A further nail in the coffin of mainstream journalism in south-east London – the News Shopper’s entire newsroom has been put on notice of redundancy by the newspaper’s owner, Newsquest, according to its staff.
The paper was moved to Sutton last year to share a newsroom with its sister publication, the South London Guardian series. Last month, the Shopper’s Greenwich edition was merged with the neighbouring Lewisham paper. The Gravesend edition was also merged with its Dartford counterpart.
Now all the Sutton-based staff – bar the web editor and managing editor – have been put on notice of redundancy. Four reporters, two content editors, three sub-editors, an editorial assistant and the deputy managing editor will lose their jobs by mid-October.
This will leave just 12 reporters and four content editors to produce 11 South London Guardian papers, four News Shopper editions and their websites, the National Union of Journalists says, including news, sport and leisure coverage.
The cuts come despite Newsquest making £70m profit last year. The News Shopper is one of its most successful titles on the web, although the strain of cuts is starting to show with simple mistakes showing in news stories and, more damagingly, in the printed papers.
Staff are already being balloted for strike action over inadequate staffing, increased workloads and “reduced quality of newspapers”. Reporters walked out last year in protest at a previous round of cuts and the move to Sutton.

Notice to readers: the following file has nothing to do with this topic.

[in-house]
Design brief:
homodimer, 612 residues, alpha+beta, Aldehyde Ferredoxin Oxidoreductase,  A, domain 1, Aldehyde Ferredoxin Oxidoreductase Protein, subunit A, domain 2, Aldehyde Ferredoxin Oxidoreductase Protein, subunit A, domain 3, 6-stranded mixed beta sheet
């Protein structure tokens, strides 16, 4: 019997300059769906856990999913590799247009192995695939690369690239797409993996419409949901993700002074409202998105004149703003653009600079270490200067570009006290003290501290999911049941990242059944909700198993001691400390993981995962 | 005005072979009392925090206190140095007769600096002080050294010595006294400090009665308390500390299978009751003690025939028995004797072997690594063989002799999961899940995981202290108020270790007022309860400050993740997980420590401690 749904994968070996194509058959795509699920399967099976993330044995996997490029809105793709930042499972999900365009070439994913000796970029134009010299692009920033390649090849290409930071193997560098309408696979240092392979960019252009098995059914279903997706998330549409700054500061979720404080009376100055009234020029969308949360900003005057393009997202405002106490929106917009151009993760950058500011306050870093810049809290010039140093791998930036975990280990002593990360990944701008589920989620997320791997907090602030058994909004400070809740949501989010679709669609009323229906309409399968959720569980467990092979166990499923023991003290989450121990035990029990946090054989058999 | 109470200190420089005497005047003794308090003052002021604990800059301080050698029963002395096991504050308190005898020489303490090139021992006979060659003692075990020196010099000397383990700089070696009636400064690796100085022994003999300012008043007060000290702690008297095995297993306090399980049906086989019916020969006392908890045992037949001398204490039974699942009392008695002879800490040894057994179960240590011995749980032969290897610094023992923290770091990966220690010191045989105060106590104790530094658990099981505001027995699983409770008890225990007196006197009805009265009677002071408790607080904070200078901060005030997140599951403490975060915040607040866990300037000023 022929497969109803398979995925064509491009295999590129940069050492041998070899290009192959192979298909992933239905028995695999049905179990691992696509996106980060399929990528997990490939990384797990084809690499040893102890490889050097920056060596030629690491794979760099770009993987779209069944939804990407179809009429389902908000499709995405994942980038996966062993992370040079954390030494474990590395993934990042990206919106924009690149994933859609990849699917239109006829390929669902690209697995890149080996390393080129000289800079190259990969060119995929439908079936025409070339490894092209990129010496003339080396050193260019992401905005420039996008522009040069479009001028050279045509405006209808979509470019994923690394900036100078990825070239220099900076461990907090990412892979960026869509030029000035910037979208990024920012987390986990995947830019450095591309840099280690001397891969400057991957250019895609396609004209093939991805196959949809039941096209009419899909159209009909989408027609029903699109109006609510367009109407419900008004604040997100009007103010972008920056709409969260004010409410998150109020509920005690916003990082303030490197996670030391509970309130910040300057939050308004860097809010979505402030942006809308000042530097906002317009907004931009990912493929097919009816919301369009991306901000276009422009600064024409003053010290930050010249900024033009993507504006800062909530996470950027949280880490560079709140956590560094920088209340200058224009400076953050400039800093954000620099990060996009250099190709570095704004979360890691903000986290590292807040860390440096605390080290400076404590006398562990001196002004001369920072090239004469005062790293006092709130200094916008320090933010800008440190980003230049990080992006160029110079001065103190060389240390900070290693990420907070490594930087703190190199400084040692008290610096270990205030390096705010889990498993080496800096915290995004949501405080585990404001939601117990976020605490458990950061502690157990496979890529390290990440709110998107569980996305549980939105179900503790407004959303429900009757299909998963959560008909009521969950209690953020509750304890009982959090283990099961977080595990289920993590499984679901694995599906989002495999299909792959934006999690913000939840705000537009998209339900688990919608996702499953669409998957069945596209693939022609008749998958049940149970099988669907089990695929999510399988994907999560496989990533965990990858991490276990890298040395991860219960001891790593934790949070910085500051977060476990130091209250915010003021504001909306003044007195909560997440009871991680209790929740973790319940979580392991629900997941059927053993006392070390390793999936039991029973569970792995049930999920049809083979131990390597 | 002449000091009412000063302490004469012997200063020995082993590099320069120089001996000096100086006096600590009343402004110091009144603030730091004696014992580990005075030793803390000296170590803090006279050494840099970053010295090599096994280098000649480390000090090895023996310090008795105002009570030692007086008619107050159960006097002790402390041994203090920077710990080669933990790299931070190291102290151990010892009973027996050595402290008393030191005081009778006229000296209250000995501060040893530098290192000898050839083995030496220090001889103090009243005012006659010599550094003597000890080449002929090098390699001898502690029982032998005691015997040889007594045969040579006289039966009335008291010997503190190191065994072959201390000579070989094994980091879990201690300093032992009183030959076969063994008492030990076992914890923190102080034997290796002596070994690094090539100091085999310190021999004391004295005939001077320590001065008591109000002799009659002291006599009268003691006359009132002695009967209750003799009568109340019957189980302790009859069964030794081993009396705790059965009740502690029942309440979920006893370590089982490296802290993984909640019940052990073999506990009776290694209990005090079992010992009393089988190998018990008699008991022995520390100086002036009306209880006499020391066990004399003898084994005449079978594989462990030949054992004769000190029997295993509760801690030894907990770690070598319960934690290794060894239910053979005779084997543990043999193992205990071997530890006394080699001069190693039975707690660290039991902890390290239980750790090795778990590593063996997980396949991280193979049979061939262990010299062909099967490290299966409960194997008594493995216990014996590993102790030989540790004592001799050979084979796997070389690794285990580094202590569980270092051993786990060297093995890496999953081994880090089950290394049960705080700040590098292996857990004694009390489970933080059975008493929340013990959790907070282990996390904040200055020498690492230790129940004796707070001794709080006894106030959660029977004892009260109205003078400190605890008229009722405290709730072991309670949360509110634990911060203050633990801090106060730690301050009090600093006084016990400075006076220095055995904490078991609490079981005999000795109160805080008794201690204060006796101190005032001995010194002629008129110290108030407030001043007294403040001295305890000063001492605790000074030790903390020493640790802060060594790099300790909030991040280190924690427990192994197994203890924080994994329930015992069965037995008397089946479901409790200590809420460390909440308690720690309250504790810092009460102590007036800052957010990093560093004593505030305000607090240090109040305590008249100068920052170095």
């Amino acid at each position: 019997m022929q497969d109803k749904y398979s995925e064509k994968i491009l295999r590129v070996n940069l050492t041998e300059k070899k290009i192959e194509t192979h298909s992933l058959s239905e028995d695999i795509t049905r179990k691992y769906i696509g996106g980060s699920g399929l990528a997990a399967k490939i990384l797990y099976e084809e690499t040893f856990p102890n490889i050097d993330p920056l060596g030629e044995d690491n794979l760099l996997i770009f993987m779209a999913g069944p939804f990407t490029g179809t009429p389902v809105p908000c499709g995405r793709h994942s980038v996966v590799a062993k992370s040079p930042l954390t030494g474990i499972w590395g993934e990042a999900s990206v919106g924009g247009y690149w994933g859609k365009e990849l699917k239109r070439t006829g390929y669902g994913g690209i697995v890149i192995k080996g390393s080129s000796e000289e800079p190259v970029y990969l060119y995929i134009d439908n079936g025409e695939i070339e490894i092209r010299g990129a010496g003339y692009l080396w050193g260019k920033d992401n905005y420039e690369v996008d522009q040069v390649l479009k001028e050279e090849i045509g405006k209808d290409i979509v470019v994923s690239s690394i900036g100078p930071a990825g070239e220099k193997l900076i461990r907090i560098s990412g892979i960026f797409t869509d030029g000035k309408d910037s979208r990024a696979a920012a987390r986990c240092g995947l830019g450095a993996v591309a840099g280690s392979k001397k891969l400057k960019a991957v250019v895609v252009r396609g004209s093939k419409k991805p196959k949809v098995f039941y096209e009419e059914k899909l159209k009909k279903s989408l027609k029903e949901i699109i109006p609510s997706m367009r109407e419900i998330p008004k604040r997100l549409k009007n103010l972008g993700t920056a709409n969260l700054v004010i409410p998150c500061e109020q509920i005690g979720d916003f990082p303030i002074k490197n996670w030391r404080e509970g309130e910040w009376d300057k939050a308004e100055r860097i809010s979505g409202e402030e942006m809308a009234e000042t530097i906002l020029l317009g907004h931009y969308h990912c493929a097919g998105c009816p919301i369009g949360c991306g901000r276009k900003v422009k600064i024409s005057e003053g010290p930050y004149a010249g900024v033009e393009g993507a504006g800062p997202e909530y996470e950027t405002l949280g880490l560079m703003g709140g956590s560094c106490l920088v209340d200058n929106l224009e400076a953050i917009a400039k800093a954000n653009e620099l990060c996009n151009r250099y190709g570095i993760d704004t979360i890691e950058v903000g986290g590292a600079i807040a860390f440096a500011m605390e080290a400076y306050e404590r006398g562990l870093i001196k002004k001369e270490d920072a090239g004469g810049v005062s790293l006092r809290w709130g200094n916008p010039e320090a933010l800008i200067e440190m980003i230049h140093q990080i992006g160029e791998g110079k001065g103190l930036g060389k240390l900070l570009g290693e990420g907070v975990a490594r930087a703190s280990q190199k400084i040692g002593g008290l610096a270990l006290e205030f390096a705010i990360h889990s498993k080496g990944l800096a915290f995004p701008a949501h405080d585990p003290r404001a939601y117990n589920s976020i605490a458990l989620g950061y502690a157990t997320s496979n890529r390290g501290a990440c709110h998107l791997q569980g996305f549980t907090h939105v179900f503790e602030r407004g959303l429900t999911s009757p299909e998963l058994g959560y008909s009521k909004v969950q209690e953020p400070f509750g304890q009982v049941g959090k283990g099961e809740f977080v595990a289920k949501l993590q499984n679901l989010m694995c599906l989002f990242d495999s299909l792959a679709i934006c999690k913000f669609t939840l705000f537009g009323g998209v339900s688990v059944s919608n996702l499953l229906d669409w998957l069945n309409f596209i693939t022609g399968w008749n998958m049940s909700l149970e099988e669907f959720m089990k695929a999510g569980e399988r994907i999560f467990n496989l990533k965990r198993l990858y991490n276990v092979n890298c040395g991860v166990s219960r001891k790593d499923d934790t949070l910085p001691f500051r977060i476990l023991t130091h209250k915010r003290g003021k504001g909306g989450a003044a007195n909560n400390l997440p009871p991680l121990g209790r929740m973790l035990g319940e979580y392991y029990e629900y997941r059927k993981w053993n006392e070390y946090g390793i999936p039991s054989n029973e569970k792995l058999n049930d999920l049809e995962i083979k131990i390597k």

There are also no longer any staff photographers at the News Shopper – and Newsquest has ended its contract with the Deadlinepix agency to supply photography, leaving reporters and readers to supply pictures.
Last week’s Greenwich & Lewisham paper included an appeal from Shopper editor Andy Parkes for readers to send in their news and photos. “Your, our loyal readers, are the best eyes and ears we have… the News Shopper relies upon its loyal readership more today than ever before.”
Meanwhile, over at the Shopper’s rival in Greenwich & Lewisham, the South London Press and Mercury, times also aren’t good. South Bank community website SE1.co.uk has complained that the SLP is lifting copy from its reports in today’s issue – a sure-fire sign of a paper that’s understaffed.
It’s hard to see things getting any better for journalism in south-east London – particularly where the traditional titles are concerned. Greenwich suffers the particular problem of the council taking ad revenue to fund its vanity publications, but the diversion of its public notices to the Mercury does not appear to have resulted in any improved coverage.
It will probably take a new entrant to shake things up – but who would have the cash to do it?